Thursday, April 24, 2008

Teaching Labor History to the Wealthy

The last several weeks have been extremely trying in my labor history class. When it was just a history class, it was OK. Not a great class, but a functional one. I have about 30% of the class which is really engaged in the material, some more who are so-so, and some who are brain dead. Maybe not too bad for a public school, but maybe a bit below average for where I teach. Anyway, not a big deal. Then, two weeks ago, nobody read the book so I kicked them all out of class. I wish that was the end of my problems.

But no, it gets much weirder. The last two weeks we talked about deindustrialization and then work in the present day. We read Ben Hamper's Rivethead and then Barbara Ehrenreich's Nickel and Dimed. I then discovered how little wealthy Texas kids don't understand class in America. Last week, I kind of went off on a kid for saying that the poor should take care of themselves and that companies and the nation had no responsibility for what happened to them when factories move. Of course, the kid is the son of a CFO at some big Texas company.

Then yesterday, we are talking about the part in Nickel and Dimed when Ehrenreich is working for the housekeeping service. One student, a nice kid too, raises his hand and says this makes no sense to him because his family always had a housekeeper and she lived with them and they treated her great.

How the hell do you respond to that? If others had shot him down that would be one thing, and some people did respond mildly. But others clearly agreed. They had housekeepers or hired housekeepers and they would never treat people like that!

Yeah, sure. Let's ask the housekeepers.

I haven't responded well to all of this. Again, I went off on the kid last week and told him that he didn't know what the hell he was talking about given his background. In those words in fact. That was not my finest moment as a teacher. Yesterday, I just kept the class running but I was so dismayed that I was counting down the minutes until it was over.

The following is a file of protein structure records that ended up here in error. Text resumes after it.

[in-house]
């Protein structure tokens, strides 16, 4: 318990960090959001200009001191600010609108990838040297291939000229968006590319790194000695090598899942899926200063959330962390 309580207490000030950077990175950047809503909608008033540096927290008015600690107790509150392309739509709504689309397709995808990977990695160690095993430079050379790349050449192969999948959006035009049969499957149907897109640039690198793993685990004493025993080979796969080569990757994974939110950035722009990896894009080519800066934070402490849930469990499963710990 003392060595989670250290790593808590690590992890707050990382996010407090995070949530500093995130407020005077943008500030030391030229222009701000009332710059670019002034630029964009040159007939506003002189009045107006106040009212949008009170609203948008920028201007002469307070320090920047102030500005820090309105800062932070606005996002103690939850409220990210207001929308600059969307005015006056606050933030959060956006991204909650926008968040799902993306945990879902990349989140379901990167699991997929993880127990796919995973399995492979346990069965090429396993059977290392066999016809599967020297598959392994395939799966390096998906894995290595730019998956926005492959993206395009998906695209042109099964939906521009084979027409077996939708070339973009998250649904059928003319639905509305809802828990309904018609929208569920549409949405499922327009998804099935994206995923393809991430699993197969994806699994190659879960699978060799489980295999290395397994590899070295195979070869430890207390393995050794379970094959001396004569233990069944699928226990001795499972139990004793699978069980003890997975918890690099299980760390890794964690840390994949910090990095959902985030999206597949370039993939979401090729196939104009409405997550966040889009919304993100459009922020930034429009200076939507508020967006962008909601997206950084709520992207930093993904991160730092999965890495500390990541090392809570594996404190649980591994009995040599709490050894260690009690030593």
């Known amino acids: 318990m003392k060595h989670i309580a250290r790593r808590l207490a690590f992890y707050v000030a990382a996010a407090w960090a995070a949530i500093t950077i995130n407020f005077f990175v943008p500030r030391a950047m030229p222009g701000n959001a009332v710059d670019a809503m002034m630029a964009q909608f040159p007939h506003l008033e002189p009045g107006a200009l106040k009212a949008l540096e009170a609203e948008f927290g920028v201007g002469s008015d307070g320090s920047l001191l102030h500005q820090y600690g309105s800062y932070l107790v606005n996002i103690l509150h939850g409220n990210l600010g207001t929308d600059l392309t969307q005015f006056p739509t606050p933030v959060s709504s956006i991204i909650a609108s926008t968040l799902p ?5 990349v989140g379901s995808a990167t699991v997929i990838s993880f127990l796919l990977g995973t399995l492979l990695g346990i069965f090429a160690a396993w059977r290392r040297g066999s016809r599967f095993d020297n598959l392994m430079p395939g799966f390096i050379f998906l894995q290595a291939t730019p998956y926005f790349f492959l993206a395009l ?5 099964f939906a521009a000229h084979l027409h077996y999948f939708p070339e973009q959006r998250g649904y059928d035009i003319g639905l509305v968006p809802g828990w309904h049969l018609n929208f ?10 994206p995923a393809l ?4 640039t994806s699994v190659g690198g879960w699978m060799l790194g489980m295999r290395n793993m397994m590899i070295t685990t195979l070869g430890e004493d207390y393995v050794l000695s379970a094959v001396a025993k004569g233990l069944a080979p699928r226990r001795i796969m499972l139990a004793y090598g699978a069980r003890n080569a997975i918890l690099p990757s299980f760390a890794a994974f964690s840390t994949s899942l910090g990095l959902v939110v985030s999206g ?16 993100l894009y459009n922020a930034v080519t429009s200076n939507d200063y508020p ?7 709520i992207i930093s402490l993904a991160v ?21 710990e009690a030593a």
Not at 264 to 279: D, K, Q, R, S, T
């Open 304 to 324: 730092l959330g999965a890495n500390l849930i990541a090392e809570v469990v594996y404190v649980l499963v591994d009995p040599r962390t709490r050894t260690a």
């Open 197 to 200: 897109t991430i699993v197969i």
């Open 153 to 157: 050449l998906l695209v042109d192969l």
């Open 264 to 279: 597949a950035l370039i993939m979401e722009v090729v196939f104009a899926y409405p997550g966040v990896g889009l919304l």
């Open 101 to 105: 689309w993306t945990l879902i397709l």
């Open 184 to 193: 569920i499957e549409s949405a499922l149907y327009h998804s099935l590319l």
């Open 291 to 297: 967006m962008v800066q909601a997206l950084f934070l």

The larger question here is how to teach labor history to students who have no conception of class issues. I tried to bring this up throughout the semester and put the history in a modern context, but clearly I failed because once we got to the present, the shit hit the fan. These students got real uncomfortable when it seemed that someone might be attacking their class privilege, accusing the books (and presumably me in the course evals that we did yesterday) of bias. Well, duh. Why the hell do you sign up for a class like this if aren't favorable to thinking about working-class people and their historical and present struggles with some empathy?

Part of the problem is that I take this stuff really personally. I feel passionately about environmental issues. I love teaching it and I think it is the most important area for people to get active on. But the class issues I take personally. I do carry a pretty big class chip on my shoulder and those who don't care about poor people make me angrier than the most virulent hater of the environment possibly could. So when I hear these kinds of attitudes from students that I have been working with all semester, I feel that I have failed as a teacher and that the next generation of business leaders are going to be the same callous heartless bastards as this generation.

Mostly, I feel that this is the strangest course I've ever taught and that I need to do some serious soul-searching before offering the class again, at least at an institution dominated by wealthy students. I should say that there are some fantastic working-class students who do get it and I really respect them. But their frustration was as great as mine with how the class turned out. I feel that I should offer the class again because the issue is so important but I need to plan my strategy out much more carefully than this semester, really figuring out how to a) weed those students out right away who are going to cause problems and b) make stronger connections between the past and present so that students see the connections between the historical struggles they might be interested in and the present struggles which they feel don't concern them.